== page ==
Considering a homebirth? Good news!
Two recent studies found that mothers with low-risk pregnancies should be considered safe candidates for giving birth at home. Not only that, but homebirths save “an average $2,338” compared to hospital births.
I had my second baby — my first homebirth — three years ago. The experience was profound and empowering, while simultaneously feeling so simple and safe.
It was simple because of the support and information from my midwife. My midwife had discussed at length everything I would need to know about her evidence-based practices during birth, as well as any emergency procedures which might come up.
This was a starkly different experience from my hospital birth. I received almost no information about what to expect, or what nurses and doctors would do in any sort of emergency situation. My midwife prepared me well and it eased my mind.
And it was safe because I had an easy, low-risk pregnancy. I was in good physical and mental health; I felt strong and healthy. I did exercises to support my pelvic floor throughout pregnancy and birth. I was adjusted regularly by my chiropractor, which helped align my pelvis and keep my body ready for birthing. I took my health and my experience into my own hands, and made choices that helped me feel confident and comfortable in my birth plan.
It was safe because my midwife is a phenomenally wise, well-trained, experienced practitioner. Her explanation of potential emergency situations put my mind at ease. She informed me of what would happen in specific scenarios, and I felt far safer in her care than at the hospital, where I didn’t know who would be attending my birth, never mind what techniques and procedures they would use.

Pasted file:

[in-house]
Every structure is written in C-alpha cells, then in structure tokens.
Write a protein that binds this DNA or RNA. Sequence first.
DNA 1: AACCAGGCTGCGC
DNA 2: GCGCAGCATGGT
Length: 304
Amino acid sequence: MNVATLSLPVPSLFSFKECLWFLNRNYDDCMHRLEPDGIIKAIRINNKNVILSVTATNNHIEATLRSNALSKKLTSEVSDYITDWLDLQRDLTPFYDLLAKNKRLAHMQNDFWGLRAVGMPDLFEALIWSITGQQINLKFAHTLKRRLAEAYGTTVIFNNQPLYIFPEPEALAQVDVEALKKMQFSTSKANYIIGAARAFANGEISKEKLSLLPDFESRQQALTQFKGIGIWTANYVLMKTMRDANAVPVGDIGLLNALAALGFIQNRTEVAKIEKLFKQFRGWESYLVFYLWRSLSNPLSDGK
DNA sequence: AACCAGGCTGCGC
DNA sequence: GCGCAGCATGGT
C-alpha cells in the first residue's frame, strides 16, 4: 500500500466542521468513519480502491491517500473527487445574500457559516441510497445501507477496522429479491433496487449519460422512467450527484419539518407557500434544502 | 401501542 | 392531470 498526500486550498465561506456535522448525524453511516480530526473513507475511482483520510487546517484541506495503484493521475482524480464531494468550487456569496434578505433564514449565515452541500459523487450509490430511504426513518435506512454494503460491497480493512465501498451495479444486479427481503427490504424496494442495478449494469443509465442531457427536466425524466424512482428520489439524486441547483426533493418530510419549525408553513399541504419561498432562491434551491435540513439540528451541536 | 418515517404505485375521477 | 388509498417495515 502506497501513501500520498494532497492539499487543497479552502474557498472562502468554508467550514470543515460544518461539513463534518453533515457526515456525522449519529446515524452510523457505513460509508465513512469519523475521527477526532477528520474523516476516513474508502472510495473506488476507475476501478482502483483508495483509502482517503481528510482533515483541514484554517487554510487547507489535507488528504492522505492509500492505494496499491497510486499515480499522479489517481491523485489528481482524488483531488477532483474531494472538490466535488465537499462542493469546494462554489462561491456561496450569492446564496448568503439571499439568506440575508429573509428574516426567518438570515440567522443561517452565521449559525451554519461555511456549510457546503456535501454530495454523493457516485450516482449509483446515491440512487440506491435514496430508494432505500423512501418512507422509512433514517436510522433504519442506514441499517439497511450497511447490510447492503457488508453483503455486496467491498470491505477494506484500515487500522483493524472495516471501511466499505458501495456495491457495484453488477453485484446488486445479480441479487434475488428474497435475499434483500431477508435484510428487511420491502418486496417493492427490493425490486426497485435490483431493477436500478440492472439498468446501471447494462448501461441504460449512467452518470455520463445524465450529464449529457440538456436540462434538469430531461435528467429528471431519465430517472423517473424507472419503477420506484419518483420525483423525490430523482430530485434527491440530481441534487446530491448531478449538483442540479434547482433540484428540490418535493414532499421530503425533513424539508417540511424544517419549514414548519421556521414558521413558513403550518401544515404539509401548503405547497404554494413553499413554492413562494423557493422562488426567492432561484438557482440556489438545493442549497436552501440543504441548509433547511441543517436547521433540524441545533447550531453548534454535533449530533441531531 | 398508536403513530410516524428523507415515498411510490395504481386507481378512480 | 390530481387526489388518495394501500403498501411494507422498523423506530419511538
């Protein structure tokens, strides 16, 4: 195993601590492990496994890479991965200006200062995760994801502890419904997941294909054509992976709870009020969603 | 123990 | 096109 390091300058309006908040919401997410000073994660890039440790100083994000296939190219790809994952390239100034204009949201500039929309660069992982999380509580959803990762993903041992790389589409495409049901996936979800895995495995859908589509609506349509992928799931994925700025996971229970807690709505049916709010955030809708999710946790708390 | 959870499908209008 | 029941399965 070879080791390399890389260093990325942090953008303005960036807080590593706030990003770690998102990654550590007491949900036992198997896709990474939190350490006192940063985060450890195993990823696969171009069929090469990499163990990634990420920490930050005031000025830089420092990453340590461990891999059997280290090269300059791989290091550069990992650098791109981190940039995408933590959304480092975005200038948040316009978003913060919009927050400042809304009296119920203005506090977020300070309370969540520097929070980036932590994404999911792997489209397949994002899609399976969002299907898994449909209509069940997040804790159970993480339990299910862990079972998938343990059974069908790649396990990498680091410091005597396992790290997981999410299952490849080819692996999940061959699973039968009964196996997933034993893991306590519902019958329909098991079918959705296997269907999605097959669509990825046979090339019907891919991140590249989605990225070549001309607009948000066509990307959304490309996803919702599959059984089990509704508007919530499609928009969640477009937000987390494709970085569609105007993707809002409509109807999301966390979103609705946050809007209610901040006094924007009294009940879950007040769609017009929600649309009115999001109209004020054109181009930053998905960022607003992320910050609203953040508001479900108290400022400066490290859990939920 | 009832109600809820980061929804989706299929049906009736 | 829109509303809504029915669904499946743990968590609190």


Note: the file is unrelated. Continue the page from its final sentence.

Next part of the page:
It was safe because I wasn’t birthing with a trained surgeon looking for surgical emergencies. It was safe because I wasn’t under the care of someone who treats birth like an inherent crisis. It was safe because my midwife, like doctors and nurses, is fully trained in lifesaving neonatal techniques, and because emergencies requiring a hospital staff are very rare.
In fact, one study from the British Medical Journal showed that severe adverse events were more common with hospital births than homebirths.
The study measured outcomes including admission to the NICU, postpartum hemorrhage, placenta problems, eclampsia, blood transfusions, and more. The research concluded: “Low risk women in primary care at the onset of labour with planned home birth had lower rates of severe acute maternal morbidity, postpartum haemorrhage, and manual removal of placenta than those with planned hospital birth.”
It also stated that “there was no evidence that planned home birth among low risk women leads to an increased risk of severe adverse maternal outcomes in a maternity care system with well trained midwives and a good referral and transportation system.”
Related: A Love Letter To My Midwife
Similarly, a 5-year study from the Journal of Midwifery & Women’s Health found that 89% of women who planned to birth at home were able to do so, and that the majority of transfers were due to failure to progress — not traumatic emergency situations. Postpartum transfers were 1.5% for mothers, and 0.9% for babies. This study concluded that homebirthing women “experienced high rates of physiologic birth and low rates of intervention without an increase in adverse outcomes.”
In contrast to these outcomes, 33% of women who birth in U.S. hospitals will receive a cesarean section, which is much higher than the “ideal” c-section rate of 10%, as estimated by the World Health Organization. C-sections, while sometimes necessary and lifesaving, are also major abdominal surgery that come with significant risks. 42% of women will experience artificial induction of labor, which can lead to a cascade of other interventions, including unnecessary c-section. 65% of women will undergo artificial rupture of waters, which, again, can lead to further unnecessary interventions.
Meanwhile, the American College of Obstetricians and Gynecologists is pleading for healthcare providers to lower interventions and c-section rates for birthing women.
While some people may think that having a hospital full of doctors and surgeons makes a mother and her baby safer, the irony is that those skills are often overused, putting moms and babies at risk. These issues are important for every mother to consider, but no matter where a mother decides to or ends up giving birth — empowered, informed birth is most important.
This article was originally published at Mothering.com
Image credit: Lindsey Turner